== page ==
B4J Question How to create multi-dimensional list...

Discussion in 'B4J Questions' started by rbghongade, Jul 1, 2019.

  1. rbghongade

    rbghongade Active Member Licensed User

    Dear Friends,
    How to create and populate multi-dimensional list?
     
  2. Cableguy

    Cableguy Expert Licensed User

    Can you give an example?
    Maybe you can achieve what you want using an array of lists or a set of lists inside a list, and declare them as type...
     
    Last edited: Jul 2, 2019
    emexes likes this.
  3. Didier9

    Didier9 Active Member Licensed User

    Here is an example:
    Code:
    Sub Test
        
    Dim lst As List
        lst.Initialize
        
    Dim n(2As Int
        
    ' populate the list
        n(0) = 1
        n(
    1) = 2
        lst.Add( n )
        
    Dim n(2As Int ' new declaration, see below
        n(0) = 3
        n(
    1) = 4
        lst.Add( n )
        
    '...
        ' retrieve list elements
        n = lst.Get(0)
        
    Log( n(0) & "," & n(1)) ' prints "1,2"
        n = lst.Get(1)
        
    Log( n(0) & "," & n(1)) ' prints "3,4"
        ' change list content indirectly
        n(0) = 5 ' this is still pointing to the object that was added to the list element lst.Get(1)
        n(1) = 6
        
    Dim m() As Int = lst.Get(1' create a new reference to n() from lst.Get(1)
        Log( m(0) & "," & m(1)) ' prints 5,6
    End Sub
    Unfortunately, there is no array notation like n( x, y, z ) and there is no easy way to add a dimension without losing the existing content (you can do it but you have to write code).

    Note that n() is redeclared because when you add something to a list, you do not actually copy it to the list, you create a reference to it and add the reference to the list (think pointers if you are familiar with C).
    If you only declare n() one time and add it to the list multiple times, you just add multiple references to the same object so that if you change that object later, the list content will change as well.
    By redeclaring n(), you erase the 'n' reference to the original array and create a new instance of n pointing to a different area of memory.
    When you use lst.Get(), you simply create a new reference to the original object

    It took me a while to understand this but it actually makes sense and while less convenient if you are used to the n(x, y, z ) notation, it allows some neat tricks.

    In my programs, I sometimes deal with it by storing CSV data in a list and using Regex.Split to retrieve it. It is not very efficient but for short lists it works surprisingly well.
    I also use custom types that I add to a list when CSV does not work.
     
    rbghongade likes this.
  4. LucaMs

    LucaMs Expert Licensed User

    ?
    Try Dim n(1,2,3,4,5) As Int

    or:
    Code:
    Dim a,b,c,d,e As Int
    a = 
    1
    b = 
    2
    c =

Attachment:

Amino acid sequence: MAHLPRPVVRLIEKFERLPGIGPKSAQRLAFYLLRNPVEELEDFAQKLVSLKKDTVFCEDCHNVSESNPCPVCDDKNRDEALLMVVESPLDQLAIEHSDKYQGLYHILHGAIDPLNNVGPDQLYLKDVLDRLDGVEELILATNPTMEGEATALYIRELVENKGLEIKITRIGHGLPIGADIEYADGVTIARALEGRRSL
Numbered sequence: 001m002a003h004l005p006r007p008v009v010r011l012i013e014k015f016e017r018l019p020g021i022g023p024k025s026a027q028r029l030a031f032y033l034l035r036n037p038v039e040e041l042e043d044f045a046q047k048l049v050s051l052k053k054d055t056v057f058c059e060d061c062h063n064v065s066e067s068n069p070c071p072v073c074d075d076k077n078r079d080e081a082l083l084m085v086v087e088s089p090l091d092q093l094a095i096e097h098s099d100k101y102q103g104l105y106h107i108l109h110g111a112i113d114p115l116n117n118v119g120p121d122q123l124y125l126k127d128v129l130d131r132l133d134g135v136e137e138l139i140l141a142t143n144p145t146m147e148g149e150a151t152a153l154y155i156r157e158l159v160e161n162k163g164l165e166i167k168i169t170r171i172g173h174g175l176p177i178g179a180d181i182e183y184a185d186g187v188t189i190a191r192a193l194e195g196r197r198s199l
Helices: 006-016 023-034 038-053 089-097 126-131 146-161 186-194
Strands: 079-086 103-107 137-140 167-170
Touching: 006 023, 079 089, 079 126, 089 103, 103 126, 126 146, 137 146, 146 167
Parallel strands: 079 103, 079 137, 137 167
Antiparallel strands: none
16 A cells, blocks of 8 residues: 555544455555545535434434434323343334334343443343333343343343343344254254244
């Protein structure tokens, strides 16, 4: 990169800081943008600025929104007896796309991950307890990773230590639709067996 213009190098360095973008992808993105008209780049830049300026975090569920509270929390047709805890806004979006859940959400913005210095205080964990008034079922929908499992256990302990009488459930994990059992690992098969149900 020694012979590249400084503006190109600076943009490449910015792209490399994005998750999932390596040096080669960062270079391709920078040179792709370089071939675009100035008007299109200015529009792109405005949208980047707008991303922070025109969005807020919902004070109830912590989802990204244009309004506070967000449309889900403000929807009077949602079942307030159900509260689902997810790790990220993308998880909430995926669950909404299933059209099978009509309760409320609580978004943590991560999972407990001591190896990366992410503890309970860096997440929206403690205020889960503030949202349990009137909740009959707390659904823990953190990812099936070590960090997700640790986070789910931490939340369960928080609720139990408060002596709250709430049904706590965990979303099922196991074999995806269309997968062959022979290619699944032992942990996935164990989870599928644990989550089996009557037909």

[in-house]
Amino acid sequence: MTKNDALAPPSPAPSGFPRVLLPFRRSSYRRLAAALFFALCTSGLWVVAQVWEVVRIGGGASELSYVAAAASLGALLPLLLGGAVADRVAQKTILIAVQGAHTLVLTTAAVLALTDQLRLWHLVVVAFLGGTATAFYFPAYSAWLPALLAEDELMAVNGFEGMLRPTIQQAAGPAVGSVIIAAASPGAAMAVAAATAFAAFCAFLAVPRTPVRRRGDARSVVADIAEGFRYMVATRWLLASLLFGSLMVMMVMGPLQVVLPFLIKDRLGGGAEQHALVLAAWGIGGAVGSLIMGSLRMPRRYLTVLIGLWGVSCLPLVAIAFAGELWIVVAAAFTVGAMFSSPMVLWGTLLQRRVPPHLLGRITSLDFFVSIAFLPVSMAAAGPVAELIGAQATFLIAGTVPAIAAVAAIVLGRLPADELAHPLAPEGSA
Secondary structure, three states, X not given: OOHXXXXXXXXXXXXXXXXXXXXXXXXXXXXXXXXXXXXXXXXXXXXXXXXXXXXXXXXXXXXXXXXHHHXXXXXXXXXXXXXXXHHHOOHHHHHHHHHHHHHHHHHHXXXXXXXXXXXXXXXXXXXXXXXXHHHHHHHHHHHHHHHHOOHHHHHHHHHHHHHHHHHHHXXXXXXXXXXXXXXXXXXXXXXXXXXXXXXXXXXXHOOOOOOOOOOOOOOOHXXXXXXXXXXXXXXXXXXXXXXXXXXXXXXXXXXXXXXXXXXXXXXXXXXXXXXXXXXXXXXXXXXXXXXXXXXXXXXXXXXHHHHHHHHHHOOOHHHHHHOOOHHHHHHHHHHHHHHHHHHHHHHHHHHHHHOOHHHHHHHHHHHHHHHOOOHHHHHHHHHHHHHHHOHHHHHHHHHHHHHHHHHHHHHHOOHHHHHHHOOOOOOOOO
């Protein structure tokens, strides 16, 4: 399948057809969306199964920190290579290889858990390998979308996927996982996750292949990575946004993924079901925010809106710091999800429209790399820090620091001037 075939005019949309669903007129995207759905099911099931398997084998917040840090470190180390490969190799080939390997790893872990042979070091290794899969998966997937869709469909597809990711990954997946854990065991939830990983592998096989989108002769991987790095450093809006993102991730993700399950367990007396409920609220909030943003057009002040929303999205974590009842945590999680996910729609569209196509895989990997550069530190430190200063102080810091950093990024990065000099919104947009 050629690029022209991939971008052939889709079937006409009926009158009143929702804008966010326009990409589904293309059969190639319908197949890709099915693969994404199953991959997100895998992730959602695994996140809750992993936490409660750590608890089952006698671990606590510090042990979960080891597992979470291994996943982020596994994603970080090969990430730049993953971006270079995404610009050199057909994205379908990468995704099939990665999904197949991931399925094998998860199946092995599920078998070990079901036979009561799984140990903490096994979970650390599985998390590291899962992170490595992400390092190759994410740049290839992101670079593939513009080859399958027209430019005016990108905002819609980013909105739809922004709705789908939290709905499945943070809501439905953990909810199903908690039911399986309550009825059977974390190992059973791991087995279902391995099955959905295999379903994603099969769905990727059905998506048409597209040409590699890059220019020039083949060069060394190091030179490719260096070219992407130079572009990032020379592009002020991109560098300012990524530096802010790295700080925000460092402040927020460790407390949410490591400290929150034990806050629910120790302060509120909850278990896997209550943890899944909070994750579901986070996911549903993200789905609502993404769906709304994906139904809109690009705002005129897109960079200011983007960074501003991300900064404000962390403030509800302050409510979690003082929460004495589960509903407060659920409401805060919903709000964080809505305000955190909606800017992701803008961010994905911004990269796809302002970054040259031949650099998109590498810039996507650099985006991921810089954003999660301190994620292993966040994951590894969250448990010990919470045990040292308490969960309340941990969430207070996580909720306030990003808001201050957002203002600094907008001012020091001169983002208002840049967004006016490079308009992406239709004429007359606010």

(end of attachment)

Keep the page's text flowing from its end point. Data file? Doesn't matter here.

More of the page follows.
3
    d = 
    4
    e = 
    5
    Dim n(a,b,c,d,e) As Int
    if you meant this.
     
  5. Didier9

    Didier9 Active Member Licensed User

    Of course you are correct. I lost track of the original question and got carried away with the example using lists. One problem with the multidimensional arrays is that they cannot be redimentioned.
     
  6. emexes

    emexes Well-Known Member Licensed User

    A multidimensional list sounds like a sparse array. This approach below might make your brain explode, but... have you considered using a Map, with the dimension indexes as a key?
    Code:
    Dim M As Map
    M.Initialize

    For Each I1 As String In Array As String("Monday""Tuesday""Wednesday""Thursday""Friday")
        
    For Each I2 As String In Array As String("North""South""East""Middle""Gymnasium")
            
    For Each I3 As String In Array As String("1""2""3""Hall""5""6")
                
    If Rnd(1100) <= 70 Then    'random 70% of rooms utilized
                    Dim I123 As String = I1&"_"&I2&"_"&I3
                    
    Dim NumStudents As Int = Rnd(535)    'random data
                    M.Put(I123, NumStudents)
                
    End If
            
    Next
        
    Next
    Next

    Log(M)

    'there is a 30% chance this room won't have an entry, but let's give it a go anyway

    Dim I123 As String = "Monday"&"_"&"North&"_"&5
    Log(M.Get(I123))

    Log(M.Get("Monday_North_5"))
     
    rbghongade likes this.
  7. emexes

    emexes Well-Known Member Licensed User

    +1

    If a multidimensional array is an array of an array, continued for n dimensions, then presumably a multidimensional list is a list of a list, continued for n dimensions.

    But in a multidimensional array, you can easily traverse it in any of the dimensions.

    In a multidimensional list, this is a little harder to do, unless you have indexes in each of the dimensions so that you can "line up" which elements are to be included in a one-dimensional traversal, from the other n-1 dimensions.

    So I am with Cableguy: an example would be useful :)
     
  8. LucaMs

    LucaMs Expert Licensed User

    I agree; sometimes (often?) you should use custom types or classes.
     
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